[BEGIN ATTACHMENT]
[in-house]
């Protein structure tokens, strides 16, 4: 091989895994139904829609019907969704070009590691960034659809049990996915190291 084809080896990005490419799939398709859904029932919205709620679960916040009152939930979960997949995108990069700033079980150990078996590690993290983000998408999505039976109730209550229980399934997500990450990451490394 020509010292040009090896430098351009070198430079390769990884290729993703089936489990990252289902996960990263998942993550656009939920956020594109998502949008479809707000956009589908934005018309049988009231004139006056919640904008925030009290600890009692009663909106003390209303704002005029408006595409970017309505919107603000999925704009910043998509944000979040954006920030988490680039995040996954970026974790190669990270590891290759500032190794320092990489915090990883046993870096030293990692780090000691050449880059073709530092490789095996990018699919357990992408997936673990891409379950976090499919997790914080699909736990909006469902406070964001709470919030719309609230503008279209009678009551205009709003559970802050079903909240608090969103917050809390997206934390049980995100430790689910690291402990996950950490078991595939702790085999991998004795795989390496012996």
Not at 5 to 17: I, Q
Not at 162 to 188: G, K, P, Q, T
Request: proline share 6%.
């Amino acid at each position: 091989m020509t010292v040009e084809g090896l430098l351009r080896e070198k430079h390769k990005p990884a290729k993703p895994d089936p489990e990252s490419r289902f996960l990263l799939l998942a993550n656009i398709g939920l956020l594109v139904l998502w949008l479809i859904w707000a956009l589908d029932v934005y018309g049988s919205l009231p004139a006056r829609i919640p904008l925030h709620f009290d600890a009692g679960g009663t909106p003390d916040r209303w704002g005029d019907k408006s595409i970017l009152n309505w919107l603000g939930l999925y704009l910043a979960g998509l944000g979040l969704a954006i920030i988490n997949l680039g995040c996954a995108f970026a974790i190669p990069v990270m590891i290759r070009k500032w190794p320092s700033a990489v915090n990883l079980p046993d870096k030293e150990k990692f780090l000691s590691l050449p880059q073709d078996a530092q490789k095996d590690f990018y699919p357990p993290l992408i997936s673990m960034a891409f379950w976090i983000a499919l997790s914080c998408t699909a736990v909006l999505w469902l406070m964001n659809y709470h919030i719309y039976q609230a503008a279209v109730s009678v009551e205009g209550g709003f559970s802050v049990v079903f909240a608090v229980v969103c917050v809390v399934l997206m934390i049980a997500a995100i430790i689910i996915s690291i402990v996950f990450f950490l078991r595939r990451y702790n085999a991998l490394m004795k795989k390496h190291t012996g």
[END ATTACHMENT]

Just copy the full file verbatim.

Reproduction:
[in-house]
């Protein structure tokens, strides 16, 4: 091989895994139904829609019907969704070009590691960034659809049990996915190291 084809080896990005490419799939398709859904029932919205709620679960916040009152939930979960997949995108990069700033079980150990078996590690993290983000998408999505039976109730209550229980399934997500990450990451490394 020509010292040009090896430098351009070198430079390769990884290729993703089936489990990252289902996960990263998942993550656009939920956020594109998502949008479809707000956009589908934005018309049988009231004139006056919640904008925030009290600890009692009663909106003390209303704002005029408006595409970017309505919107603000999925704009910043998509944000979040954006920030988490680039995040996954970026974790190669990270590891290759500032190794320092990489915090990883046993870096030293990692780090000691050449880059073709530092490789095996990018699919357990992408997936673990891409379950976090499919997790914080699909736990909006469902406070964001709470919030719309609230503008279209009678009551205009709003559970802050079903909240608090969103917050809390997206934390049980995100430790689910690291402990996950950490078991595939702790085999991998004795795989390496012996």
Not at 5 to 17: I, Q
Not at 162 to 188: G, K, P, Q, T
Request: proline share 6%.
């Amino acid at each position: 091989m020509t010292v040009e084809g090896l430098l351009r080896e070198k430079h390769k990005p990884a290729k993703p895994d089936p489990e990252s490419r289902f996960l990263l799939l998942a993550n656009i398709g939920l956020l594109v139904l998502w949008l479809i859904w707000a956009l589908d029932v934005y018309g049988s919205l009231p004139a006056r829609i919640p904008l925030h709620f009290d600890a009692g679960g009663t909106p003390d916040r209303w704002g005029d019907k408006s595409i970017l009152n309505w919107l603000g939930l999925y704009l910043a979960g998509l944000g979040l969704a954006i920030i988490n997949l680039g995040c996954a995108f970026a974790i190669p990069v990270m590891i290759r070009k500032w190794p320092s700033a990489v915090n990883l079980p046993d870096k030293e150990k990692f780090l000691s590691l050449p880059q073709d078996a530092q490789k095996d590690f990018y699919p357990p993290l992408i997936s673990m960034a891409f379950w976090i983000a499919l997790s914080c998408t699909a736990v909006l999505w469902l406070m964001n659809y709470h919030i719309y039976q609230a503008a279209v109730s009678v009551e205009g209550g709003f559970s802050v049990v079903f909240a608090v229980v969103c917050v809390v399934l997206m934390i049980a997500a995100i430790i689910i996915s690291i402990v996950f990450f950490l078991r595939r990451y702790n085999a991998l490394m004795k795989k390496h190291t012996g």